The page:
Jesus made it clear he had come for the sick, those in need of a physician. Jesus described sickness as sickness of the soul. Jesus came to offer wellness and well-being to those of us who were missing the mark. The old-fashioned word for this is "sin."

I'm not a professional religious person, just an older Elder speaking from the pews. So my perspective is just as a follower of Jesus, not as a theologian. From this perspective it seems to me that God wants us made whole, without fear, free from all anxiety, and to be at peace whatever the circumstances.

But are we at peace? Our polls, pundits and health care statistics show us our country, like other affluent nations, is a nation of people stressed out, anxious, constantly worried. Rich and poor alike. The Gospel has gone out to the ends of the earth. We believers are “ripe for the harvest.” We should be ready by now, but have we been listening? If we listen, we may hear God asking that question: “Do you want to be made well?” And he tells us where to turn.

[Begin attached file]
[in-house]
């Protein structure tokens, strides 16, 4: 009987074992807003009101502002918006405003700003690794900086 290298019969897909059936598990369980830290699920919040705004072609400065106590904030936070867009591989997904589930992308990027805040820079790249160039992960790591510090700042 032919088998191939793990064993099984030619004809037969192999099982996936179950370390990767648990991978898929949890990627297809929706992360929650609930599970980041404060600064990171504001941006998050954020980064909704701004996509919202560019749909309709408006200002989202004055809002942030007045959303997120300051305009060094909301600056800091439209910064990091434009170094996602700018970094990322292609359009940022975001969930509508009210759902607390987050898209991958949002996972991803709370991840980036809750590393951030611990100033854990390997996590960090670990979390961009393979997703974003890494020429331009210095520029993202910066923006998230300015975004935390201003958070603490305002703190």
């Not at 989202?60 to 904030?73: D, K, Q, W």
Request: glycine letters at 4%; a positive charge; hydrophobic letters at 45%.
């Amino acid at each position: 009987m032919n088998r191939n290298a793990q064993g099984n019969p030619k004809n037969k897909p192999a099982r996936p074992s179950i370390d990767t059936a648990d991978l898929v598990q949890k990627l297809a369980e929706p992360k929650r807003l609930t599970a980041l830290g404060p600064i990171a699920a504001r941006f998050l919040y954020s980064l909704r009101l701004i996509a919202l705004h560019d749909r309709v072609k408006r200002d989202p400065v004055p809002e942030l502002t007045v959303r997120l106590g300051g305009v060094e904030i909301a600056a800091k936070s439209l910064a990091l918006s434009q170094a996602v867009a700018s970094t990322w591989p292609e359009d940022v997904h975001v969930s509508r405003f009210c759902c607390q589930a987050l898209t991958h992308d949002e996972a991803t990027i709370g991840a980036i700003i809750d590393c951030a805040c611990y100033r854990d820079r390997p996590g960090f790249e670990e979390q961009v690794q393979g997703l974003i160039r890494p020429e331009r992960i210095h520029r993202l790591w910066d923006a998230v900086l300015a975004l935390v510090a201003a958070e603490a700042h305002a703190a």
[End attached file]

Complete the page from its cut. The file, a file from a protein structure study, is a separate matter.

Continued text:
Jesus assures us, God's healing is accompanied by God's peace and a freedom from fear. Jesus said, "Those who love me will keep my word, and my Father will love them, and we will come to them and make our home with them ... Peace I leave with you; my peace I give to you ... Do not let your hearts be troubled, and do not let them be afraid."

We know that when our hearts are troubled and we are afraid, bad things can get worse. For example, when we're stressed, our immune systems are constantly on the alert, looking endlessly for external threats that usually don't exist. If this constant state of alarm persists we can actually become more susceptible to problems within. The Wellness Jesus brings is spiritual peace, a freedom from fear, stress and anxiety. It's certainly worth a try.